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    i skimmed the thread. i think the only way vents would work is if you did what you mentioned and put one low and one high.
    but then imo you'd have to add an exhaust fan on the lower vent.(or use an in wall fan purpose made for this application) as it sucks air out, the warm air up high would enter the upper vent.
    but then you have the noise of the fan to bother the kids.
    unless the white noise is something they'd tolerate.
    if fan noise would be ok, you could even use two in wall fans and have the low one drawing out and the high one feeding in.

    just one example of this type of fan -

    http://www.amazon.com/Room-Room-Fan-Circulate-Cold/dp/B0015RZW0K

    *research which brand is quietest on low.
  20. Joful

    Joful Minister of Fire

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    In addition to the blower noise, you'll have the noise of people talking / TV coming thru those vents. Also, it'll be one more thing to remove / patch, when you want to sell the house. KISS.
    St_Earl likes this.
  21. maineah1214

    maineah1214 New Member

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    We have a similar situation, baby in a closed room at night. We use a Lasko space heater I got on amazon.com for 45-50 bucks and it works amazingly. almost no noise and it runs on its own t-stat.
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  22. dmmoss51

    dmmoss51 Feeling the Heat

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    I think there are a few threads on here that discuss moving the cold air back tot he stove room with fans rather than trying to pull the hot air in.

    I've experimented with this over the past week or so and it seems to work. With that in mind how about a box fan pushing cool floor level air out of the bedroom towards the stove room for a couple hours before bedtime. It *should* help bring the temperature up in that room and then it's all about insulation as far as how long it stays there. Worth a try and does not require any construction / deconstruction.In

    The other thing to remembers is the old for every reaction there is an equal and opposite reaction... the stove is only producing so much heat. If you get it into the bedroom it's going to come from somewhere else.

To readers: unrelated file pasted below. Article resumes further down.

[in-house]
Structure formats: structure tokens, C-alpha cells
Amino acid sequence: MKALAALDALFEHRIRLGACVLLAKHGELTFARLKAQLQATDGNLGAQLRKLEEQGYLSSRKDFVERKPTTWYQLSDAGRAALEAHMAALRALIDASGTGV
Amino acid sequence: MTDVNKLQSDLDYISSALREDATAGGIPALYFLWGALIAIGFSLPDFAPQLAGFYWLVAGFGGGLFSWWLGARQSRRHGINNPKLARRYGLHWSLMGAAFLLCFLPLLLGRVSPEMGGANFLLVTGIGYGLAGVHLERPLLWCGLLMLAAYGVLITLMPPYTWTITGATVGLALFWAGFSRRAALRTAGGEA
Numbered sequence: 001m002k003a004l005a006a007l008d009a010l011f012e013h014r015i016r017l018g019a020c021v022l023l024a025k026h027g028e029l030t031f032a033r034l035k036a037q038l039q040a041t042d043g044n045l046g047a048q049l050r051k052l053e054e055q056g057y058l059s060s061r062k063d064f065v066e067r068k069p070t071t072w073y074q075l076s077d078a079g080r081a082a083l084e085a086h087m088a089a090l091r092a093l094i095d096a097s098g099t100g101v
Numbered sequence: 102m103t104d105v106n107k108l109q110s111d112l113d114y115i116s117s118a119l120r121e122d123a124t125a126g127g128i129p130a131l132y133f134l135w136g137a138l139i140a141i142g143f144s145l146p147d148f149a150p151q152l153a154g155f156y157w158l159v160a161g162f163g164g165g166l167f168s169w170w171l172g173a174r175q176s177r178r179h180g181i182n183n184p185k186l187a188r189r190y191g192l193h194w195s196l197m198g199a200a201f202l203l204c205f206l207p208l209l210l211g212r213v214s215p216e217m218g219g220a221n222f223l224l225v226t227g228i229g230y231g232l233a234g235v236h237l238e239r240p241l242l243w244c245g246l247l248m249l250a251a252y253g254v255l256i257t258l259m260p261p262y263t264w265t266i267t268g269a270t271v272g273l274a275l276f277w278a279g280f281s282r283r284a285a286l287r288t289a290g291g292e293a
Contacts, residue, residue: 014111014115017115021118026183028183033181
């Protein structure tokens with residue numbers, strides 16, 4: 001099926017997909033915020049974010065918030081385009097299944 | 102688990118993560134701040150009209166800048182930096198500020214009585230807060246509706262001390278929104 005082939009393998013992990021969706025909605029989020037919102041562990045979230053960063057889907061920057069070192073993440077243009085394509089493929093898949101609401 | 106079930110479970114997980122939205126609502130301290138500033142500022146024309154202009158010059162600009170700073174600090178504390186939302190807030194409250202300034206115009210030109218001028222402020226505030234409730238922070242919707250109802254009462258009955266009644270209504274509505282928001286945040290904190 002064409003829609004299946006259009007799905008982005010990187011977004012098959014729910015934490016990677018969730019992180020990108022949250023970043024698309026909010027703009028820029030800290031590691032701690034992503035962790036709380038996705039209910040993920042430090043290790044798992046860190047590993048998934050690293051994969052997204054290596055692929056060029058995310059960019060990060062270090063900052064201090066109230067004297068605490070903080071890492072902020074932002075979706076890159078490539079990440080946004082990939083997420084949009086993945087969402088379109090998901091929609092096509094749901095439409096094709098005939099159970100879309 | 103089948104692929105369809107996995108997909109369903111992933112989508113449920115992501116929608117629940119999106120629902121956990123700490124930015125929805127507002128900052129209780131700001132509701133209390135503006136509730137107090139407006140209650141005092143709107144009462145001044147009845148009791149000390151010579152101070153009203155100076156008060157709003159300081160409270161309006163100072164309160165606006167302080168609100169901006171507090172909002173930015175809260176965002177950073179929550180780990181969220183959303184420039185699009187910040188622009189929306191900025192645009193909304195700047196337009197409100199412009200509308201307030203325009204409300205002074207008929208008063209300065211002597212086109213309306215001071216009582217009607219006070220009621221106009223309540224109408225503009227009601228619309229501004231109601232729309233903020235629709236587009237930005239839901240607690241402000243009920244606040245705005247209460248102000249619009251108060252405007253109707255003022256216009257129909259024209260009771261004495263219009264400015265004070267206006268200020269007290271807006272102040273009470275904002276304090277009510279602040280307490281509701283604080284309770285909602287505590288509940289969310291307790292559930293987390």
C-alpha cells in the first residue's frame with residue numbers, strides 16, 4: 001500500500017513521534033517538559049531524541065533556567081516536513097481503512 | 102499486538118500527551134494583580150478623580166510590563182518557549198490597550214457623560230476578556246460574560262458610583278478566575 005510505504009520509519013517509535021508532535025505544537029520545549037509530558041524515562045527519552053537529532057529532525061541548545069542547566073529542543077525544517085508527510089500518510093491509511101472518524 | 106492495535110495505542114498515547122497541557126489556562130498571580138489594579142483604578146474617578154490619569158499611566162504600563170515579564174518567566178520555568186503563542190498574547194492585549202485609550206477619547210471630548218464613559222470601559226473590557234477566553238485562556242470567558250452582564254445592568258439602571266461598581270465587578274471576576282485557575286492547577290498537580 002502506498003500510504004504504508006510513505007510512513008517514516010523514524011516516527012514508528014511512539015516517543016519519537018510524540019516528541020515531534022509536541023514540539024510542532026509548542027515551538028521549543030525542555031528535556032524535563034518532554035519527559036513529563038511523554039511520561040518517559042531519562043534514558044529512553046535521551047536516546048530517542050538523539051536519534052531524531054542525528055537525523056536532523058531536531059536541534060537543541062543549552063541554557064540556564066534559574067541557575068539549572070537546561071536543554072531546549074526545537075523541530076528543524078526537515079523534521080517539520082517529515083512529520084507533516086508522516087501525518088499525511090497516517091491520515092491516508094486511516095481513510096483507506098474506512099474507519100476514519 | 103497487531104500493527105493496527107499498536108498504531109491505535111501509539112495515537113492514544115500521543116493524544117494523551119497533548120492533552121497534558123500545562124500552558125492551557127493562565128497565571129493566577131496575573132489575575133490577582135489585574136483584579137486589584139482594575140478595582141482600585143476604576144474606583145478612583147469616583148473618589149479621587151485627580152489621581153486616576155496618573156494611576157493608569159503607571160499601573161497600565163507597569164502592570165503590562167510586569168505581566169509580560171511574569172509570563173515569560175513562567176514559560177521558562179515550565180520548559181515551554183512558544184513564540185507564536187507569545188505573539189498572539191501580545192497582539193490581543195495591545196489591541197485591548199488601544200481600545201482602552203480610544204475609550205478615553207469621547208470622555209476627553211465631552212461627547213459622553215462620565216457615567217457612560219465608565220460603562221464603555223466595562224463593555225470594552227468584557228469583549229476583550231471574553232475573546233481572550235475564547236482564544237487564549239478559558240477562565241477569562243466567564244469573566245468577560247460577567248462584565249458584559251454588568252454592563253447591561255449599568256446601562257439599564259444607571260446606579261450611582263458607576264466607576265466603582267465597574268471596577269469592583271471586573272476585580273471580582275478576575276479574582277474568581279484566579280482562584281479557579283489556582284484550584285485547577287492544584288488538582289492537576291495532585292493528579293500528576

I have a split level with the stove in the family room on the same level as our master bath. Half a flight up is the living room, dining room and kitchen. Before using the fan to push cold air out of the master bath, my stove heat would naturally rise up the open stair way and heat the main level to within about 3 degrees of the family room. With the fan in the bedroom doorway it raises the bedroom to a degree or two of the adjacent family room but the warm air getting sucked in the top of the door way causes less to go up the staircase so my living room ends up about 8 degrees cooler.

    So during the daytime I leave the fan off and let the living spaces warm up. Couple hours before bed I turn the fan on, living spaces cool and bedroom warms up.

    On a side note, we shut the bedroom door at night to keep cats out as our infant is in his cradle in the room with us. Once we've warmed it up it takes a while to cool back off and we are comfortable.

    Second side note, prior to wood burning our thermostat was set at 55 for night time so this is a lot nicer!
  23. briansol

    briansol Minister of Fire

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    Put a tv in your bedroom and close your door at night? when you're done, open your door and let heat in?

    Do more productive things instead of watching tv after the kids go to bed, like using a laptop in bed, reading a book, etc that is quiet and not bright (and a half-closed door would be enough to block it out)

    Feed the kids sugar so they can stay up to 10pm?

    There's options :D
    john193 likes this.
  24. mass_burner

    mass_burner Minister of Fire

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    +2 on the oil space heater. we have one with 600/1500 watts setting and built-in thermostat to only come on as necessary. you probably have safety issues with this with 2yr olds.
  25. moey

    moey Minister of Fire

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    You can touch them on the 600w setting. Of course who knows what a 2 year old will do.